Groups suggest solutions to landfill problem

By: Michelle Joy L. Padayhag, Nestle L. Semilla September 03,2016 - 10:59 PM
Environmentalists suggest  that the problem at the Inayawan landfill cannot be solved by government alone.  City residents and the business sector will have to help, too, in whatever way they can. (CDN PHOTO/JUNJIE MENDOZA)

Environmentalists suggest that the problem at the Inayawan landfill cannot be solved by government alone. City residents and the business sector will have to help, too, in whatever way they can. (CDN PHOTO/JUNJIE MENDOZA)

MOUNTING pollution at the Cebu City landfill in Barangay Inayawan may be abetted if city residents pitched in their share to combat the problem.

Environmentalist Vince Cinches, the Oceans Campaigner for Greenpeace Southeast Asia, said Cebu City households must now strictly adhere to laws on the segregation of garbage.

Cinches suggested that city residents can use their biodegradable waste for urban gardening in order to limit the amount of trash sent to the landfill for disposal.

“At least only those that are nonbiodegradable will be sent to the Inayawan landfill,” Cinches told Cebu Daily News.

Cinches added that Cebu City can also issue a complete ban on the use of plastic to lessen the city’s trash.

“If Mandaue City can do it, then why can’t Cebu City?” Cinches asked.

While Mandaue City has begun to fully enforce its anti-plastic drive daily, Cebu City has its “No Plastic Saturday Ordinance” which bans the use of plastic bags every Saturday.

“Plastics are not just choking our waterways but these are also polluting our oceans,” Cinches said adding that the Inayawan landfill problems may affect the nearby sea.

Meanwhile, a Cebu-based environmental group is calling on the city government to temporarily close the landfill until corrective measures are undertaken to address the stench coming from the dump site which is affecting residents, businessmen and students in the area.

“Let us not compromise the health of the people and business establishments. This can also give negative feedback to our local and international tourists,” Movement for a Livable Cebu (MLC) convenor Rudy Alix said.

Last week, MLC members met with Cebu City Councilor Joel Garganera, chairperson of the city’s committee on environment.

During the meeting, the MLC suggested the purchase of new waste treatment technology to ease the landfill problem.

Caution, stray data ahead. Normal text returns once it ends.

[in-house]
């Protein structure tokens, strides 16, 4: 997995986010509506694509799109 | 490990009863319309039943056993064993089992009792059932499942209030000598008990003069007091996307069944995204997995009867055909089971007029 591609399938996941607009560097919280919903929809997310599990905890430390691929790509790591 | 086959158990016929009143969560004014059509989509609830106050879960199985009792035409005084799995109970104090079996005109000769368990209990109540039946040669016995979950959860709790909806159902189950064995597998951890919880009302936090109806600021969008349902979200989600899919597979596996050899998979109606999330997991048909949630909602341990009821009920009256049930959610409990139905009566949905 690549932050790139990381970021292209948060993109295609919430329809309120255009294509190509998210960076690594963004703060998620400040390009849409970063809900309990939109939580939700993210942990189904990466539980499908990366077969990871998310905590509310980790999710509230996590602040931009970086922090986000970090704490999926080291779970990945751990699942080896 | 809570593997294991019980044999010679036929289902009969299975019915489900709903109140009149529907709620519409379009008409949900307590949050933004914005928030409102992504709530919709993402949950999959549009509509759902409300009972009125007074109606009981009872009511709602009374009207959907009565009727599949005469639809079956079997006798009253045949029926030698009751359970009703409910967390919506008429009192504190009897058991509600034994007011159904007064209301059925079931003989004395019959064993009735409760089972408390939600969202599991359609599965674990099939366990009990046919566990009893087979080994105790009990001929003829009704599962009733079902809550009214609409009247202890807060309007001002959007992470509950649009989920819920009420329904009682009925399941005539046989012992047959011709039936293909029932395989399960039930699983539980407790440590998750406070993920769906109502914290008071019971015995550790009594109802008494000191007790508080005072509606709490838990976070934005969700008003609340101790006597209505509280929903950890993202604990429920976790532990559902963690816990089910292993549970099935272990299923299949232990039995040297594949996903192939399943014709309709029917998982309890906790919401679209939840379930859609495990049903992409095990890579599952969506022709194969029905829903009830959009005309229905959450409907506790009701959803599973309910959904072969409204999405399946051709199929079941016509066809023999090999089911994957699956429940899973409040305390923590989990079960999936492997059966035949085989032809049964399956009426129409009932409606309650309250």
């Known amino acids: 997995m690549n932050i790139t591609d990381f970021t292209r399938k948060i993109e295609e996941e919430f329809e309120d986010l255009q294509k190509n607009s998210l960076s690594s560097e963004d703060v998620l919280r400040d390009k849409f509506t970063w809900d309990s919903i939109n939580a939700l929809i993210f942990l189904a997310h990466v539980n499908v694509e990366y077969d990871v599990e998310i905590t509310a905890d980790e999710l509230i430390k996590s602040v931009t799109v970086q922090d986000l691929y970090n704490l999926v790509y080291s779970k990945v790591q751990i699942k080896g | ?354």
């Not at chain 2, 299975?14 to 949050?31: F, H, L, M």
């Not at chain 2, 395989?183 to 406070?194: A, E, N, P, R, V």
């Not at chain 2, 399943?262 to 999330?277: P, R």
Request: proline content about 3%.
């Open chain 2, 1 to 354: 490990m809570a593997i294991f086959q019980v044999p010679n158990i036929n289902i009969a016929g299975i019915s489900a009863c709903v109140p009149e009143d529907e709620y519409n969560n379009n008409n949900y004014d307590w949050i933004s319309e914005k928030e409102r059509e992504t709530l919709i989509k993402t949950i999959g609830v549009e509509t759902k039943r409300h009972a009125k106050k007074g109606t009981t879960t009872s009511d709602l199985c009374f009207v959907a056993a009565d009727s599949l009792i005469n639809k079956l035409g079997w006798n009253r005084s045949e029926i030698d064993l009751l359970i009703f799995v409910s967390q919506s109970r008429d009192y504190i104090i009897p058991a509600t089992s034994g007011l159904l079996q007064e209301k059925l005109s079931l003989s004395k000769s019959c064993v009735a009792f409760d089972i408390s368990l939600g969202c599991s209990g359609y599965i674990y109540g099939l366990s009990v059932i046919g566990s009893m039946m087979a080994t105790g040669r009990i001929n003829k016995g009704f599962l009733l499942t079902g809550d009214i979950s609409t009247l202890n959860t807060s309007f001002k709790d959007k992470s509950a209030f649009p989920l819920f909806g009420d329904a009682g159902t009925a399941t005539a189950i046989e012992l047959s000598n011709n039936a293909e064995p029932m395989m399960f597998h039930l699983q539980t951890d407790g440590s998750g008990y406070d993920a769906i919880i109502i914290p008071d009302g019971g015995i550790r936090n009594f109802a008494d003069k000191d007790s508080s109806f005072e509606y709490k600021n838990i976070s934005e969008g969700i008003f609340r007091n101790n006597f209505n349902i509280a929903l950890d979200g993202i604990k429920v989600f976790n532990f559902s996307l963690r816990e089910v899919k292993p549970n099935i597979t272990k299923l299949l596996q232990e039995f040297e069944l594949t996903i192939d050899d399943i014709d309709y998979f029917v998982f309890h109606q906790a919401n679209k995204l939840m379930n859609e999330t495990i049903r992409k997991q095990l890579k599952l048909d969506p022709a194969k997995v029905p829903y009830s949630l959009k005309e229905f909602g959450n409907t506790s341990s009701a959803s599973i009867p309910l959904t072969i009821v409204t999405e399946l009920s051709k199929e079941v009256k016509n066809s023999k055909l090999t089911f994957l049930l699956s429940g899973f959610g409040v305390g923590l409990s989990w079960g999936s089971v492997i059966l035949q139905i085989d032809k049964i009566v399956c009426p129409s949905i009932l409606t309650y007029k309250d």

Alix also hoped that the MLC can sit down with Cebu City Mayor Tomas Osmeña and city environmental consultant Nida Cabrera to help come up with solutions.

“Let us solve the problem with diplomacy,” Alix said.

Yesterday, Councilor Garganera held his monthly “Basura Run” with his staff along with officials of barangays Tinago and San Roque.

He also introduced to Cebu Daily News the group’s “five pieces habit.”

“Five pieces habit is a movement where runners would pick up five pieces of garbage during and after running. The five pieces group would meet up every first Saturday of the month at Plaza Independencia,” Garganera said.

In yesterday’s run, Garganera’s group wore protective masks as a sign of protest against the continued operation of the Inayawan dumpsite. The councilor is set to file a resolution next week calling for its closure.

Over at the sanitary landfill, residents of surrounding areas continued to question why it was taking a long time for the city to close the controversial 15-hectare dumpsite.

Rosalinda Sanoy, a resident of Barangay Inayawan asked why the city ordered the dumpsite reopened in the first place when it was affecting not just the health of residents but also the livelihood of the business sector.

Sanoy told CDN that the repulsive smell of the dumpsite has taken its toll on her children and grandchildren.

“Sauna wala mana sila nagkasakit… pero sukad nga giablihan na pagbalik ang dumpsite pabalik-balik na gyud na ang hilanat nila. Usahay dili na gyud sila ka-agwanta sa baho magsuka na (When before they did not get sick, since the landfill reopened my their fever keeps coming back. Sometimes when they can no longer bear the stench, they end up vomiting),” she said.

The 15-hectare sanitary landfill was ordered reopened last June after it was closed by former mayor Michael Rama in January 2015 due to “overcapacity.”

For more than a year, the city’s garbage operations shifted to a private landfill in the town of Consolacion, northern Cebu.

“Maabot g’yud ang baho diri ilabi na ug maghabwa na sila. Usahay gud lud-on na ang mga bata mokaon kay dili madala ang kabaho (The stench really reaches here especially when they unload garbage. Sometimes my children can’t get themselves to eat because the stench is so foul), said Sanoy who lives about a hundred meters away from the landfill site.

The Department of Environment and Natural Resources (DENR) Environmental Management Bureau (EMB-7) earlier issued a notice of violation against the City of Cebu this week for 13 violations of EMB standards committed by the city in the operation of its landfill.

Osmeña was advised by EMB-7 director Engr. William Cuñado to explain in writing his failure to comply with terms set in the issuance of the landfill’s Environmental Compliance Certificate (ECC) and present this during a technical conference on September 16 at the EMB office in Banilad, Cebu City.

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TAGS: Cebu, foul smell, garbage, health, Inayawan landfill, Waste, waste disposal

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